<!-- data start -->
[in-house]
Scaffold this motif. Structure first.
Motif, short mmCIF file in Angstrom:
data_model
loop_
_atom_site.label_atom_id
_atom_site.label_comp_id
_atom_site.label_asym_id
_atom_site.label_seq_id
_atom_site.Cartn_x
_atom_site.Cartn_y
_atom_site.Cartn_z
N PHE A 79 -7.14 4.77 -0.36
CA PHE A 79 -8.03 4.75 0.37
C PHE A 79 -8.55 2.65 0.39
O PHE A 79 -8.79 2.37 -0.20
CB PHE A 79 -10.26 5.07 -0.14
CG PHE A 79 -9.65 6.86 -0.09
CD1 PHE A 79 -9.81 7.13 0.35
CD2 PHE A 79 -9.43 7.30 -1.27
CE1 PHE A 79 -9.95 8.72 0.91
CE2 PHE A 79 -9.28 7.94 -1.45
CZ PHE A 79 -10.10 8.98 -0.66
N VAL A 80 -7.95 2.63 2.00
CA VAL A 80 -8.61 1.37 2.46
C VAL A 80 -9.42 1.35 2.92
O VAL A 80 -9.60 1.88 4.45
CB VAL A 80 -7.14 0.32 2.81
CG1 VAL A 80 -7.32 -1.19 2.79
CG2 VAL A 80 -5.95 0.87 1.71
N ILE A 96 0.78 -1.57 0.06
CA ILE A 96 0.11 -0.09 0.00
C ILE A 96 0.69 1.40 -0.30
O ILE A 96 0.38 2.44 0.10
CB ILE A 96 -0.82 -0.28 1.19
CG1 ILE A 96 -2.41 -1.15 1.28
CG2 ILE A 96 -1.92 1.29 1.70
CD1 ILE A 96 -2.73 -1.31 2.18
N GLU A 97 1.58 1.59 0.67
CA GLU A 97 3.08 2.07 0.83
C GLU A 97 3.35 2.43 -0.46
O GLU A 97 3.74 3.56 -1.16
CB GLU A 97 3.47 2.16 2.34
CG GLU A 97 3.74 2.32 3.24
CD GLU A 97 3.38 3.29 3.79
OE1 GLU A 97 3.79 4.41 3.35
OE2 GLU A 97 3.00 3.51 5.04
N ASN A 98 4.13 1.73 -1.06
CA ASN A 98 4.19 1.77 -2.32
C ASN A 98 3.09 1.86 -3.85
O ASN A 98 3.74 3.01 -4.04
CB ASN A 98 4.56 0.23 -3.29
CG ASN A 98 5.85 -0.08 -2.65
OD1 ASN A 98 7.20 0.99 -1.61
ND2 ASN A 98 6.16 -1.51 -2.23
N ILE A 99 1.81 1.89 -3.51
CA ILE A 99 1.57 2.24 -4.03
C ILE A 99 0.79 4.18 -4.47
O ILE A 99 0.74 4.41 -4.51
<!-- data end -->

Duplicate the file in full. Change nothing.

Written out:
[in-house]
Scaffold this motif. Structure first.
Motif, short mmCIF file in Angstrom:
data_model
loop_
_atom_site.label_atom_id
_atom_site.label_comp_id
_atom_site.label_asym_id
_atom_site.label_seq_id
_atom_site.Cartn_x
_atom_site.Cartn_y
_atom_site.Cartn_z
N PHE A 79 -7.14 4.77 -0.36
CA PHE A 79 -8.03 4.75 0.37
C PHE A 79 -8.55 2.65 0.39
O PHE A 79 -8.79 2.37 -0.20
CB PHE A 79 -10.26 5.07 -0.14
CG PHE A 79 -9.65 6.86 -0.09
CD1 PHE A 79 -9.81 7.13 0.35
CD2 PHE A 79 -9.43 7.30 -1.27
CE1 PHE A 79 -9.95 8.72 0.91
CE2 PHE A 79 -9.28 7.94 -1.45
CZ PHE A 79 -10.10 8.98 -0.66
N VAL A 80 -7.95 2.63 2.00
CA VAL A 80 -8.61 1.37 2.46
C VAL A 80 -9.42 1.35 2.92
O VAL A 80 -9.60 1.88 4.45
CB VAL A 80 -7.14 0.32 2.81
CG1 VAL A 80 -7.32 -1.19 2.79
CG2 VAL A 80 -5.95 0.87 1.71
N ILE A 96 0.78 -1.57 0.06
CA ILE A 96 0.11 -0.09 0.00
C ILE A 96 0.69 1.40 -0.30
O ILE A 96 0.38 2.44 0.10
CB ILE A 96 -0.82 -0.28 1.19
CG1 ILE A 96 -2.41 -1.15 1.28
CG2 ILE A 96 -1.92 1.29 1.70
CD1 ILE A 96 -2.73 -1.31 2.18
N GLU A 97 1.58 1.59 0.67
CA GLU A 97 3.08 2.07 0.83
C GLU A 97 3.35 2.43 -0.46
O GLU A 97 3.74 3.56 -1.16
CB GLU A 97 3.47 2.16 2.34
CG GLU A 97 3.74 2.32 3.24
CD GLU A 97 3.38 3.29 3.79
OE1 GLU A 97 3.79 4.41 3.35
OE2 GLU A 97 3.00 3.51 5.04
N ASN A 98 4.13 1.73 -1.06
CA ASN A 98 4.19 1.77 -2.32
C ASN A 98 3.09 1.86 -3.85
O ASN A 98 3.74 3.01 -4.04
CB ASN A 98 4.56 0.23 -3.29
CG ASN A 98 5.85 -0.08 -2.65
OD1 ASN A 98 7.20 0.99 -1.61
ND2 ASN A 98 6.16 -1.51 -2.23
N ILE A 99 1.81 1.89 -3.51
CA ILE A 99 1.57 2.24 -4.03
C ILE A 99 0.79 4.18 -4.47
O ILE A 99 0.74 4.41 -4.51